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Surgery. 1994 Oct;116(4):712-8.

Survival and functional outcome after single and bilateral lung transplantation. Loyola Lung Transplant Team.

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Department of Thoracic and Cardiovascular Surgery, Loyola University Medical Center, Maywood, IL 60153.



The experience at Loyola University Chicago was retrospectively reviewed to evaluate survival and functional outcome after single lung transplantation (SLT) and bilateral lung transplantation (BLT).


Ninety patients underwent lung transplantation at Loyola University Chicago between April 1990 and December 1993. Mean age was 45 years (range, 13 to 66 years). Fifty percent were male. Pre-lung transplant pulmonary diseases were as follows: emphysema and/or chronic obstructive pulmonary disease in 43 patients, pulmonary fibrosis in 13, cystic fibrosis in 14, pulmonary hypertension in eight, repeated transplantation for obliterative bronchiolitis in four, bronchiectasis in two, bronchoalveolar cell carcinoma in two, sarcoidosis in one, primary obliterative bronchiolitis in one, histiocytosis X in one, and lymphangiomyomatosis in one. Fifty-seven patients underwent SLT, and 33 had BLT. Maintenance immunosuppression medications consisted of cyclosporine, azathioprine, and prednisone.


Perioperative complications were as follows: seven of 33 patients bled after BLT, and two of 57 bled after SLT. Bronchial complications were found in six of 66 (9%) BLT anastomoses and eight of 57 (14%) SLT anastomoses. Nine operative deaths occurred in SLT patients: six from allograft failure, one from infection, one from intrapulmonary hemorrhage, and one from bronchial dehiscence. Only two patients died in the perioperative period after BLT and that was of infection. Three late deaths occurred after BLT, all as a result of infection; 13 recipients died late after SLT: five of infection, four patients from lymphoma, two of pancreatitis, one of tension pneumothorax, and one of pulmonary embolism. For the entire patient population the actuarial 1- and 2-year survival rates were 72% and 68%, respectively. One-year survival rates were significantly better for patients undergoing lung transplantation for obstructive and nonrestrictive lung diseases than those of patients undergoing lung transplantation for vascular or restrictive pulmonary disease. Recipients of BLT had a trend toward better survival than recipients of SLT. Lung function 6 months after transplantation measured by forced expiratory volume in 1 second was significantly better in BLT than SLT, 71% of predicted versus 54%.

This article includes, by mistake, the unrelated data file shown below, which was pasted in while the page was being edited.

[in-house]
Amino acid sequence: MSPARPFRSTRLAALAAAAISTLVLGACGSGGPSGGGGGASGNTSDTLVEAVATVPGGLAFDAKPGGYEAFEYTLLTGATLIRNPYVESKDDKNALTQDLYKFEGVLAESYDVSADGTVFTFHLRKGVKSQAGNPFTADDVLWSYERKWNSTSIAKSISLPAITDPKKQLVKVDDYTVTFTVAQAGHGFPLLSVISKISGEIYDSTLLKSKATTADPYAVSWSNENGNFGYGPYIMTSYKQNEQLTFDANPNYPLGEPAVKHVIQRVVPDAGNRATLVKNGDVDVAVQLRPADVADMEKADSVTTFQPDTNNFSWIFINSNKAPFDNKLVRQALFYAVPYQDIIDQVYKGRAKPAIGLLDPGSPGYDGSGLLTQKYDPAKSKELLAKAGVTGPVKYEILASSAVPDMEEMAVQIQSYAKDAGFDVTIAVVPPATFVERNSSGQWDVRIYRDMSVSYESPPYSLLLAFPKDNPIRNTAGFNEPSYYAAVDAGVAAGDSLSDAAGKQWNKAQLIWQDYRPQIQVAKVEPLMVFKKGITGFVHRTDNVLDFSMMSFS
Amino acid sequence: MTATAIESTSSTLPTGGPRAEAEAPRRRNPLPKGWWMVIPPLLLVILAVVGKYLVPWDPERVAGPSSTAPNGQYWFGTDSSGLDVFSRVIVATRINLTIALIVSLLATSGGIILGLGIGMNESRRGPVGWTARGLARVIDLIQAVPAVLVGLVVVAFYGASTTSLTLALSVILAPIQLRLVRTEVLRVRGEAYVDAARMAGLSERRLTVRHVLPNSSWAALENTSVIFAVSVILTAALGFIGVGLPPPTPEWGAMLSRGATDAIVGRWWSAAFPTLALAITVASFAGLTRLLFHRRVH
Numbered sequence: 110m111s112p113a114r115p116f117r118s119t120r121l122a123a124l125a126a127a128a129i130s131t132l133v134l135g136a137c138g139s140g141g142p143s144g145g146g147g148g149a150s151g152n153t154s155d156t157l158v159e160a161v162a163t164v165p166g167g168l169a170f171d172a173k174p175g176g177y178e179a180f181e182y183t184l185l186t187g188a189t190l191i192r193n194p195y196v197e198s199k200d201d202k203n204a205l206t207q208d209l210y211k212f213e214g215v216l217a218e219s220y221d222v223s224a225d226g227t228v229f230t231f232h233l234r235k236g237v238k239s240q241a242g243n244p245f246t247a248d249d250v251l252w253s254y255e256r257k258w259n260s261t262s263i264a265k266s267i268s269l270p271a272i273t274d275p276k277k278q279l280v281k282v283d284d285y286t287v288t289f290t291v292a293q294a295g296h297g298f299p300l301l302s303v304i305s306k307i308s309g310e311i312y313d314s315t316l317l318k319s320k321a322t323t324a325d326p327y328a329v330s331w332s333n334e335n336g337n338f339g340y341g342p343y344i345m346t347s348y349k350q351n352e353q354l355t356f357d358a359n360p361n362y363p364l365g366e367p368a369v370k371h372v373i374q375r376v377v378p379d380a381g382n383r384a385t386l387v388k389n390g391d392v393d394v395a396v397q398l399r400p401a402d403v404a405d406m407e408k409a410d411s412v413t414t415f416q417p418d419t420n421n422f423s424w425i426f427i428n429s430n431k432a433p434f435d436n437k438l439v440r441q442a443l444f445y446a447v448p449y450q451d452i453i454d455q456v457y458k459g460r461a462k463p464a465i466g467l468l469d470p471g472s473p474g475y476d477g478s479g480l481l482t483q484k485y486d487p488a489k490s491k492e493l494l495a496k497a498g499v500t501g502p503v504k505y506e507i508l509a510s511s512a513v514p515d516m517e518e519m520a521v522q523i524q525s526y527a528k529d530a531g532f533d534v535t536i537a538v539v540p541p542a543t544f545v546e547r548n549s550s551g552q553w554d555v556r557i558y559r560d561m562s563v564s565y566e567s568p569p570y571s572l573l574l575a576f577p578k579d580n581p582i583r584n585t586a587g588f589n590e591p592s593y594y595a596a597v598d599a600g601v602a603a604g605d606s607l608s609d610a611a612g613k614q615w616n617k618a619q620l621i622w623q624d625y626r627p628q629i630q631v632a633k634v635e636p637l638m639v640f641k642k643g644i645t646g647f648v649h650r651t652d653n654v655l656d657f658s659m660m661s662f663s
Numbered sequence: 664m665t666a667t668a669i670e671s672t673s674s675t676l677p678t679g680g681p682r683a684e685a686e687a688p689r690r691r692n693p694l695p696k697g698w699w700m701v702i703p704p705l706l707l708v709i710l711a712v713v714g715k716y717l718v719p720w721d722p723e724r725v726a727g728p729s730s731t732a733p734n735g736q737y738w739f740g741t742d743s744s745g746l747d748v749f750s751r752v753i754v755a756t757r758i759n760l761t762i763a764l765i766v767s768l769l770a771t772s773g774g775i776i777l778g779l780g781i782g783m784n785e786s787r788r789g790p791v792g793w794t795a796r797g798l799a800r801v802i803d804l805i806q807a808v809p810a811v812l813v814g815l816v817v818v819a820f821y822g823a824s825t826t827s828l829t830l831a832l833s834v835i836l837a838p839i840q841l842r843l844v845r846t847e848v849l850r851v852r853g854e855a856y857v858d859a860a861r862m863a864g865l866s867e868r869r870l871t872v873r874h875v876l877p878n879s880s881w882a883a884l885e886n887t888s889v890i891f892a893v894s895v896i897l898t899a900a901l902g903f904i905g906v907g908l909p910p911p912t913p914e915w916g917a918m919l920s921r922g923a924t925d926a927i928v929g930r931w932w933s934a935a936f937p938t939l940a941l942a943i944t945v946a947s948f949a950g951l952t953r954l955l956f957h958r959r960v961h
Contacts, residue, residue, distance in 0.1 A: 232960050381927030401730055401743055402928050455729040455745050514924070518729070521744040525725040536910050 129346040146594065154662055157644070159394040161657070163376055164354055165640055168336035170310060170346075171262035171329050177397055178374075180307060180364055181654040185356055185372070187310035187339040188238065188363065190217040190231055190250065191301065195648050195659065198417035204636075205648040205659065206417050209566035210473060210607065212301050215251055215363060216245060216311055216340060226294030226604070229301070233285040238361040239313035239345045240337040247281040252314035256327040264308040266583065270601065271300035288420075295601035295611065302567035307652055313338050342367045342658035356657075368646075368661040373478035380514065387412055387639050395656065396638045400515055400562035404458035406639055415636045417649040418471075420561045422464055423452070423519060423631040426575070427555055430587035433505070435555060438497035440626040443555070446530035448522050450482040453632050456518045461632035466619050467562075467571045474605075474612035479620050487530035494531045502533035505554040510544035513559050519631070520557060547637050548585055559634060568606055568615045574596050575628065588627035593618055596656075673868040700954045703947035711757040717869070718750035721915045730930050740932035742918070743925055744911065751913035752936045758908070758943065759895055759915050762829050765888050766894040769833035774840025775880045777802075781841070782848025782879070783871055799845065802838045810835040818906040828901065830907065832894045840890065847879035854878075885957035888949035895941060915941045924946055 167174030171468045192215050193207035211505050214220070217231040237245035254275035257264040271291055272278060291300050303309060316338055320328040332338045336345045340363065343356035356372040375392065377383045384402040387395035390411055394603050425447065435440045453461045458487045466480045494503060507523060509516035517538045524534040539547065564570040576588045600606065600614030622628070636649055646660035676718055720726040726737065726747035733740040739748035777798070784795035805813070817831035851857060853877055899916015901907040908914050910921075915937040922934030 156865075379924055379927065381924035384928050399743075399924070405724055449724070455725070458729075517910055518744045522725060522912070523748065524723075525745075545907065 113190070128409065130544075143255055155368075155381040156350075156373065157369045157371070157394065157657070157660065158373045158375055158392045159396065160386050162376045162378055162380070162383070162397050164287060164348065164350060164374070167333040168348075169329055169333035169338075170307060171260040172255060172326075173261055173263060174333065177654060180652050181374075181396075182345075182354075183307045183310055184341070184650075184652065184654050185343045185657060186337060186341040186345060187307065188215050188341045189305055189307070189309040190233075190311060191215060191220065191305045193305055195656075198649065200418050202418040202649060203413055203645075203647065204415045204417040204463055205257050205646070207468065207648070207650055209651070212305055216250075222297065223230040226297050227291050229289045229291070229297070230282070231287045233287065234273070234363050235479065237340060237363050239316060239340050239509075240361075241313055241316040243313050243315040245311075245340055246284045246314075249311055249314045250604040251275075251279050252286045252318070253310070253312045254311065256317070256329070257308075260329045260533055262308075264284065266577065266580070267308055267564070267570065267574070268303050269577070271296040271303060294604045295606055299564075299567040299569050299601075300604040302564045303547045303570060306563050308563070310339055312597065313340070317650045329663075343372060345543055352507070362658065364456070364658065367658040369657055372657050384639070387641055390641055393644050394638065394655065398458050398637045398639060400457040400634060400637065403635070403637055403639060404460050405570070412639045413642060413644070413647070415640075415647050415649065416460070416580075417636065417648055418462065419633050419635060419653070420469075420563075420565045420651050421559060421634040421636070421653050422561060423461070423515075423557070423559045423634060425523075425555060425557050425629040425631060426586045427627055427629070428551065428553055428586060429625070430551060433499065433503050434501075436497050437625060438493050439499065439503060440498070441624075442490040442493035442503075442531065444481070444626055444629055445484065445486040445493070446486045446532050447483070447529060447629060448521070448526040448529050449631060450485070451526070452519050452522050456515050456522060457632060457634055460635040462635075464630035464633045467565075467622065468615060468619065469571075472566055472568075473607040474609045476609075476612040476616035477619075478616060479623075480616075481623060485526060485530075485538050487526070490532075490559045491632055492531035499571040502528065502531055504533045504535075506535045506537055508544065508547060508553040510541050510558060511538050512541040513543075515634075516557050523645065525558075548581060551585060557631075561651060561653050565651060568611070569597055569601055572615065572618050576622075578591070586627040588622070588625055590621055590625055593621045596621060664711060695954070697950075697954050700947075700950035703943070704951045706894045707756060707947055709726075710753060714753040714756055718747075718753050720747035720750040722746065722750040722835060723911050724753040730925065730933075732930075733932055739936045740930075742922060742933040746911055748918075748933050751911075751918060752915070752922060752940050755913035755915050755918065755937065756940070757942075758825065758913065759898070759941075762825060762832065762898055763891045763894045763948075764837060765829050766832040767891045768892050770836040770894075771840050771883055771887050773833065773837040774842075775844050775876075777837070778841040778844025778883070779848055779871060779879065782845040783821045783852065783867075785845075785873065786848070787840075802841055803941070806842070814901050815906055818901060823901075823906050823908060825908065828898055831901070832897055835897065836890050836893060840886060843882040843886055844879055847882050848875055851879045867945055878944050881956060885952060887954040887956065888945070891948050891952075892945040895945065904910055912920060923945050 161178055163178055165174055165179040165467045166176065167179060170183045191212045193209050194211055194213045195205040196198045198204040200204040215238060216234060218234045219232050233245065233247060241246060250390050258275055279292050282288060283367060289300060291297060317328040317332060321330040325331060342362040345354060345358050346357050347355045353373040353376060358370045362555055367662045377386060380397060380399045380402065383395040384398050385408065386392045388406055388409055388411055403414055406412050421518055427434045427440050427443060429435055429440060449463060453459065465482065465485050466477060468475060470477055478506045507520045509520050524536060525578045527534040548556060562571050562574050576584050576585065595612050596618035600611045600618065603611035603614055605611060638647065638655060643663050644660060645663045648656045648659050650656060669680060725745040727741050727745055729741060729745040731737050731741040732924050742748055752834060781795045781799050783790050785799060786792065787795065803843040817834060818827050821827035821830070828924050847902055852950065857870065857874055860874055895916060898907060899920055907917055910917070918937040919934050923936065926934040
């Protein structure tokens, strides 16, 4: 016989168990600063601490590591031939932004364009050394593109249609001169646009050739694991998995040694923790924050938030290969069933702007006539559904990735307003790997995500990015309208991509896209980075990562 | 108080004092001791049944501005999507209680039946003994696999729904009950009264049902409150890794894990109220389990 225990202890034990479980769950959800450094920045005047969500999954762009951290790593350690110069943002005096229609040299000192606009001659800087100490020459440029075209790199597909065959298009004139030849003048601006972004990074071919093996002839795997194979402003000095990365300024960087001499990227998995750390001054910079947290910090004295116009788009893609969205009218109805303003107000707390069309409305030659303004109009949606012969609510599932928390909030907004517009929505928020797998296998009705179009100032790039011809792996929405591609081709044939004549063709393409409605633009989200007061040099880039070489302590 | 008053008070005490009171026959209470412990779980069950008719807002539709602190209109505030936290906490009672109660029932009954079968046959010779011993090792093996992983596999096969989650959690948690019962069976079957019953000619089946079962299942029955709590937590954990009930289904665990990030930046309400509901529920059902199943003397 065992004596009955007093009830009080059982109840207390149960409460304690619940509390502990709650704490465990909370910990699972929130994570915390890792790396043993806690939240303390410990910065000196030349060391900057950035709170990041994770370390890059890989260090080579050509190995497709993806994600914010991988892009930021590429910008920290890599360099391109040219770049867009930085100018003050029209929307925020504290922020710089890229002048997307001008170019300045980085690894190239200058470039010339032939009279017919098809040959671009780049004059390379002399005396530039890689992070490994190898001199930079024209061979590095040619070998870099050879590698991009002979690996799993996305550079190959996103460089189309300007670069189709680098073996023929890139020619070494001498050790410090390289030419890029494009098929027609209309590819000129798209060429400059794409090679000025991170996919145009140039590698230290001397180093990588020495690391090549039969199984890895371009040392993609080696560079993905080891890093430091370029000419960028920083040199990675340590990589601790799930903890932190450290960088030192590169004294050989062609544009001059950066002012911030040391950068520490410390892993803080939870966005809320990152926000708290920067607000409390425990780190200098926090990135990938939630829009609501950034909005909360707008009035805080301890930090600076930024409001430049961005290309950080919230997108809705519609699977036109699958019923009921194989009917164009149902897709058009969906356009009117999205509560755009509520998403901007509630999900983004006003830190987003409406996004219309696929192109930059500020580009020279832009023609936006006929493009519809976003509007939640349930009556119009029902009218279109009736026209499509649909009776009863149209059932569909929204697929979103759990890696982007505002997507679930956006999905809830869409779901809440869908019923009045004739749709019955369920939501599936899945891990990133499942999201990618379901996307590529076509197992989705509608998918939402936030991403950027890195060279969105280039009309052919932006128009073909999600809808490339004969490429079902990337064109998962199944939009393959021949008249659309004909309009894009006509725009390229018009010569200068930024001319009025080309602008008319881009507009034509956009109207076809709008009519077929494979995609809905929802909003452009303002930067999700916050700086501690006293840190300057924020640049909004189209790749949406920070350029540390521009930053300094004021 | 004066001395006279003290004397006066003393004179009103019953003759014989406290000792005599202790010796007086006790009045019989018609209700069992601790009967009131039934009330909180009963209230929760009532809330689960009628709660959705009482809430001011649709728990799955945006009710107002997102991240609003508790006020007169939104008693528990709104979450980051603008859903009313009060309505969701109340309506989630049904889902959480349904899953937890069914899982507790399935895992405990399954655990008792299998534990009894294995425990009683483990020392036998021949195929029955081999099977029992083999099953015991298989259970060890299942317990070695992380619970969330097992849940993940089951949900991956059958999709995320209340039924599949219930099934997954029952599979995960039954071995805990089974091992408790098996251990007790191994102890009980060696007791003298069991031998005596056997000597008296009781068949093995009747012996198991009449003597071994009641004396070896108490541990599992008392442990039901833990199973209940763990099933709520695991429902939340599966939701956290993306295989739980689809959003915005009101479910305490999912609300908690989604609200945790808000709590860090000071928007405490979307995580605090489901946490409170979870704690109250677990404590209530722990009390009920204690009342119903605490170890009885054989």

Patients who undergo BLT have significantly better postoperative pulmonary function than those who undergo SLT. On the basis of the study there was a trend toward better survival with BLT.

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